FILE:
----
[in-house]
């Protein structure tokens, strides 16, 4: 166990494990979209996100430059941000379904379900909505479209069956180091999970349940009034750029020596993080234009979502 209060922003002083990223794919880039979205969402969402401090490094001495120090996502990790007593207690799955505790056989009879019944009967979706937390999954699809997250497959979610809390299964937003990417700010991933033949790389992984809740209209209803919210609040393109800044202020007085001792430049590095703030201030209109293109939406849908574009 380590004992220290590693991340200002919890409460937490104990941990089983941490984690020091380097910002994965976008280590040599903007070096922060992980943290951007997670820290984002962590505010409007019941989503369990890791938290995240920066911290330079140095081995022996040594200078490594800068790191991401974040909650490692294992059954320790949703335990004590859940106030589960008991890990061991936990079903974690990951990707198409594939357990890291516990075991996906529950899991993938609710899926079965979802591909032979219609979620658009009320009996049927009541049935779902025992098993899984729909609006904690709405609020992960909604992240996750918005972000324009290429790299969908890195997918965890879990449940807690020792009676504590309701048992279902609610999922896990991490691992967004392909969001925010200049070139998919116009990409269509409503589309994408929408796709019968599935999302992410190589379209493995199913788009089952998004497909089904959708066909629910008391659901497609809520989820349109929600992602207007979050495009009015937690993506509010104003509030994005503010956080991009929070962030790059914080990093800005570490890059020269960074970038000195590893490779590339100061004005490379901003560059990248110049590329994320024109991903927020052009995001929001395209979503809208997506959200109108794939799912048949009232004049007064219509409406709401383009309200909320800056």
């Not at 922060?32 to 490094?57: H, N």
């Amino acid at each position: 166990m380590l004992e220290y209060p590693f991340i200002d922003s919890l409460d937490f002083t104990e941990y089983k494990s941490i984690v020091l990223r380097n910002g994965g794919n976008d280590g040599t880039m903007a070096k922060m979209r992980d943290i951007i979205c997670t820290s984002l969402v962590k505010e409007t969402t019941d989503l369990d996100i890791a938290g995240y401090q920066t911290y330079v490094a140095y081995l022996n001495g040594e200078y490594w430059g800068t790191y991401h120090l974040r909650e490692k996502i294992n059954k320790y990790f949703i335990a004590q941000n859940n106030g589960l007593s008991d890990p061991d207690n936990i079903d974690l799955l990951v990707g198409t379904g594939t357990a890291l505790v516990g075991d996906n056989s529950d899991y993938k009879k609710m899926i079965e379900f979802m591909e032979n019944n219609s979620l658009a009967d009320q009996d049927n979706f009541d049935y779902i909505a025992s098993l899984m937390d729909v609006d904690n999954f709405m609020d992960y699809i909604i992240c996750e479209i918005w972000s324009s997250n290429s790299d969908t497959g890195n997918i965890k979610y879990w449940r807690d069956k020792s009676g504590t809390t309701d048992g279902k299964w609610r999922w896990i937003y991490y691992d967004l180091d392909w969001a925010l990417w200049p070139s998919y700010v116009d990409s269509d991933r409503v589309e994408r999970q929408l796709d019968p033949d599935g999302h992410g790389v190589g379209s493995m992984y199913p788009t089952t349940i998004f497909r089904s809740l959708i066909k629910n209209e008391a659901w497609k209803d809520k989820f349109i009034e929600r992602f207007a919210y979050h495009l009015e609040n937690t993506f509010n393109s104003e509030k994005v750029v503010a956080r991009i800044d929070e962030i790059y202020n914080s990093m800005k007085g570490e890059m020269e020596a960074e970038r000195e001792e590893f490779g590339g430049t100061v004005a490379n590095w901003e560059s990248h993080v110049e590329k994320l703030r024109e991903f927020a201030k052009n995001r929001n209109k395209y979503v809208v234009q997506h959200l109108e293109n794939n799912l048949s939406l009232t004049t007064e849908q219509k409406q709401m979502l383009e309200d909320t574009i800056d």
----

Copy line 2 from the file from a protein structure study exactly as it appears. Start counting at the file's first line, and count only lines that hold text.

């Protein structure tokens, strides 16, 4: 166990494990979209996100430059941000379904379900909505479209069956180091999970349940009034750029020596993080234009979502 209060922003002083990223794919880039979205969402969402401090490094001495120090996502990790007593207690799955505790056989009879019944009967979706937390999954699809997250497959979610809390299964937003990417700010991933033949790389992984809740209209209803919210609040393109800044202020007085001792430049590095703030201030209109293109939406849908574009 380590004992220290590693991340200002919890409460937490104990941990089983941490984690020091380097910002994965976008280590040599903007070096922060992980943290951007997670820290984002962590505010409007019941989503369990890791938290995240920066911290330079140095081995022996040594200078490594800068790191991401974040909650490692294992059954320790949703335990004590859940106030589960008991890990061991936990079903974690990951990707198409594939357990890291516990075991996906529950899991993938609710899926079965979802591909032979219609979620658009009320009996049927009541049935779902025992098993899984729909609006904690709405609020992960909604992240996750918005972000324009290429790299969908890195997918965890879990449940807690020792009676504590309701048992279902609610999922896990991490691992967004392909969001925010200049070139998919116009990409269509409503589309994408929408796709019968599935999302992410190589379209493995199913788009089952998004497909089904959708066909629910008391659901497609809520989820349109929600992602207007979050495009009015937690993506509010104003509030994005503010956080991009929070962030790059914080990093800005570490890059020269960074970038000195590893490779590339100061004005490379901003560059990248110049590329994320024109991903927020052009995001929001395209979503809208997506959200109108794939799912048949009232004049007064219509409406709401383009309200909320800056």